Super Sunday is finally here.
Yes, that special day we set aside each year with great anticipation so that millions of Americans can get together with their families and friends for loads of chips and salsa, seven-layer dip, plenty of cold beverages and pretzels, perhaps some cheers and tears, a few really funny TV commercials and at least a little smack-talk has arrived at last.
Oh, yeah, and there's a football game, too. Maybe you've heard of it. It's a little somethin' called the Super Bowl.
After all, it's the reason everybody's getting together in the first place. Guys will crowd around the big-screen TV, endlessly stuff their faces with snacks, second-guess virtually every play-call as if they were Vince Lombardi's younger, smarter brother and reminisce about how good they were "back in the day."
Female football fans have no such silly illusions. Even better, they don't eat nearly as much of the goodies, either. Of course, some of them lose interest in the game shortly after the first commercial break, but at least they don't pretend to know more than the coaches do or try to impress anyone about how they might've made the big-time, too, if not for that darned knee injury they suffered in the big game.
And, speaking of big games, today's duel oughta be a dandy.
It's the AFC champion New England Patriots, the team that brought you Tom Brady, the matinee idol quarterback with the supermodel wife, vs. the NFC champion New York Giants, whose offense is guided by a guy perhaps best known as Peyton Manning's little brother.
If this matchup sounds familiar to you, it should. These same two franchises squared off for all the National Football League marbles four years ago, when the undefeated Patriots, who entered the Super Bowl as prohibitive 12-point favorites, were one win away from achieving NFL immortality.
Then came Super Sunday, and Eli Manning took the Giants downfield for an unforgettable, storybook finish. WIth time running out, Manning somehow scrambled free and threw a desperation pass to David Tyree, who made an incredible catch, pinning the ball on the side of his helmet to miraculously keep the drive alive. Manning then hooked up with Plaxico Burress — before the Giants' receiver decided to shoot himself in the thigh in a nightclub and subsequently spend a couple of years in prison — for the game-winning touchdown pass with 35 seconds left. It resulted in a stunning 17-14 New York victory that left the Patriots at 18-1, their quest for perfection coming up short in a shocking loss to the wild-card Giants.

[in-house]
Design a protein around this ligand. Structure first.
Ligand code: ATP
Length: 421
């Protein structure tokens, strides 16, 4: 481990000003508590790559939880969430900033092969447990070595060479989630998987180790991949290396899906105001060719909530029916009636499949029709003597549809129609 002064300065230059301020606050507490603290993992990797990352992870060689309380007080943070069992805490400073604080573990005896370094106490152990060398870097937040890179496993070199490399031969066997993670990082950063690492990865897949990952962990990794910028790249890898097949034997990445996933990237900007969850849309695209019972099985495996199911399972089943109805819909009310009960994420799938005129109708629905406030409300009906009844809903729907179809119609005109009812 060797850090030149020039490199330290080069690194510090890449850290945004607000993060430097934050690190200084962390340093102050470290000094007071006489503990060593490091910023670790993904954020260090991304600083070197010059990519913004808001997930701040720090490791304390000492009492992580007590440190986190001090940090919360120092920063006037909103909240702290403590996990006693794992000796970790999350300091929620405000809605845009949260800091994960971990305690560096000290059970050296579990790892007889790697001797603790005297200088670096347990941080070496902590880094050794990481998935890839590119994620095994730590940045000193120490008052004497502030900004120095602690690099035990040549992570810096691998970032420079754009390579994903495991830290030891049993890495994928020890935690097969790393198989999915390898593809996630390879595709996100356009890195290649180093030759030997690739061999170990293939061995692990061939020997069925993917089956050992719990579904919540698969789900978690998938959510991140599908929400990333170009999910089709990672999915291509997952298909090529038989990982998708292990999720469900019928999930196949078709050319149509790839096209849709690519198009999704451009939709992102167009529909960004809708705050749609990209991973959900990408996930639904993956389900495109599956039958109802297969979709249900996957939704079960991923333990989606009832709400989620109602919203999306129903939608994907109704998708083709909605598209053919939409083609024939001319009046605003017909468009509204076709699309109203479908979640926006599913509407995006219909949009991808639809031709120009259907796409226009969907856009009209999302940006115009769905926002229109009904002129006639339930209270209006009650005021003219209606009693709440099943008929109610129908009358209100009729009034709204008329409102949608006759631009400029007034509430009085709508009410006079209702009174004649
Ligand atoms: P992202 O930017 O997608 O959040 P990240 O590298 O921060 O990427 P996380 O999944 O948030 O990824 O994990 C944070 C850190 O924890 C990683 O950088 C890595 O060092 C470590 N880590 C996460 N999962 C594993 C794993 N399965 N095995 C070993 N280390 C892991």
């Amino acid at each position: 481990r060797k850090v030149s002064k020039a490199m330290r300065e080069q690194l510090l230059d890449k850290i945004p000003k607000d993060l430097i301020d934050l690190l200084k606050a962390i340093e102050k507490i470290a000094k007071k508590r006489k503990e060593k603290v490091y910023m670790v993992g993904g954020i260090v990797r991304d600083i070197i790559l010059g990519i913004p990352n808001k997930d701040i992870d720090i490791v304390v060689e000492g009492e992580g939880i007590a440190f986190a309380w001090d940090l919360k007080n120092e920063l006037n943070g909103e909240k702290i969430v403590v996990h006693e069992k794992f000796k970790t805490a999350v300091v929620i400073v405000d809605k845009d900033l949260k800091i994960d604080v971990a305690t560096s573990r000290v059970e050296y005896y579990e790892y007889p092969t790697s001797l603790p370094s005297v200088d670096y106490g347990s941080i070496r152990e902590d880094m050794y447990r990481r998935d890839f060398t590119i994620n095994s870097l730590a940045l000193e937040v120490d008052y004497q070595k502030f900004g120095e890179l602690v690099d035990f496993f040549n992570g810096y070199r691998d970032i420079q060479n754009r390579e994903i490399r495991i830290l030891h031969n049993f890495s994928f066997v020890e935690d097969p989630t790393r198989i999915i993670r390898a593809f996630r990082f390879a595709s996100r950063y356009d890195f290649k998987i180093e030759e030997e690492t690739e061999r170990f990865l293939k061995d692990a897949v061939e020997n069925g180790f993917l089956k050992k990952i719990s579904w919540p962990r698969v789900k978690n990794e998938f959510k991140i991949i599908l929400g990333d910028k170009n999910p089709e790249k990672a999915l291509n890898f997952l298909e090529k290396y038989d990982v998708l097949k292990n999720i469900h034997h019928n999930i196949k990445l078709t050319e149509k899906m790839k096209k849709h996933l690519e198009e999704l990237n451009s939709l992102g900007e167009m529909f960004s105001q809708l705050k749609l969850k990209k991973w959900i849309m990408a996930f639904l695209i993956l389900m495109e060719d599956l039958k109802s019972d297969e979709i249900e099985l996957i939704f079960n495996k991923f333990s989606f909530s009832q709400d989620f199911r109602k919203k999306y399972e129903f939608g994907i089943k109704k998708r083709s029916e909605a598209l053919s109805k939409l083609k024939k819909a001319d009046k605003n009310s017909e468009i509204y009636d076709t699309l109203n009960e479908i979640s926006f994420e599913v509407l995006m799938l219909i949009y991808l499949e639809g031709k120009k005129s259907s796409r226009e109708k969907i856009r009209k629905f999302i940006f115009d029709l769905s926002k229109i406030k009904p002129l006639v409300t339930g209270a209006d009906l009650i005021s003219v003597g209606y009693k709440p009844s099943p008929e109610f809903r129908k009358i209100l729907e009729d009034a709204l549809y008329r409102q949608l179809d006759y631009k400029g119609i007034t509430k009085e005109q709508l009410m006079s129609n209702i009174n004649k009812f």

Well, four years later, now they're back to do it again. But this time, Brady and the Patriots aren't unbeaten, definitely aren't a double-digit favorite, have a sub-par defense which has struggled mightily at times and must hope that star tight end Rob Gronkowski's injured ankle allows him to play, and play effectively.
Meanwhile, Manning and the Giants — who had to beat the Cowboys in the final game of the regular season just to get into the playoffs — are playing their best football of the entire season.
Their defensive front, fueled by Jason Pierre-Paul, Osi Umenyiora, Justin Tuck and Chris Canty, will keep plenty of pressure on Brady and might very well make his day downright miserable.
The Patriots certainly have their weapons — Wes Welker, Aaron Hernandez, Gronkowski (if he's healthy) and even old reliables like Deion Branch and Chad Ochocinco — but if Brady doesn't have time to throw the ball, New England's hopes are dead in the water.
The Giants, with running backs Ahmad Bradshaw and Brandon Jacobs, definitely have the superior rushing attack of the two teams. And with Victor Cruz, Hakeem Nicks and Mario Manningham, Eli has plenty of targets to throw the ball around to as well, especially against a Patriots secondary that is highly suspect.
The two teams tangled back in early November, with New York coming away with a 24-20 win at Foxborough, Mass. But that game seems like it was played an awfully long time ago, and some things have changed since then.
Today's showdown could come down to a last-minute field goal, and both teams have solid, clutch kickers. Or it could come down to coaching strategy, and the Patriots' Bill Belichick and the Giants' Tom Coughlin have both shown they definitely know how to win in the postseason.
Belichick, Brady and Co. already have three Super Bowl rings on their fingers. Coughlin and Manning have one, but it came at the heavily favored Patriots' expense.
And wouldn't it be funny if the Giants won another one and Peyton Manning — generally regarded as one of the greatest quarterbacks of all time — wound up becoming known as Eli's big brother, instead of the other way around? So you'd probably like a prediction. Well, strictly on a hunch and against my better judgment, here goes: Patriots 30, Giants 27.
And please pass the clam chowder and shrimp dip.
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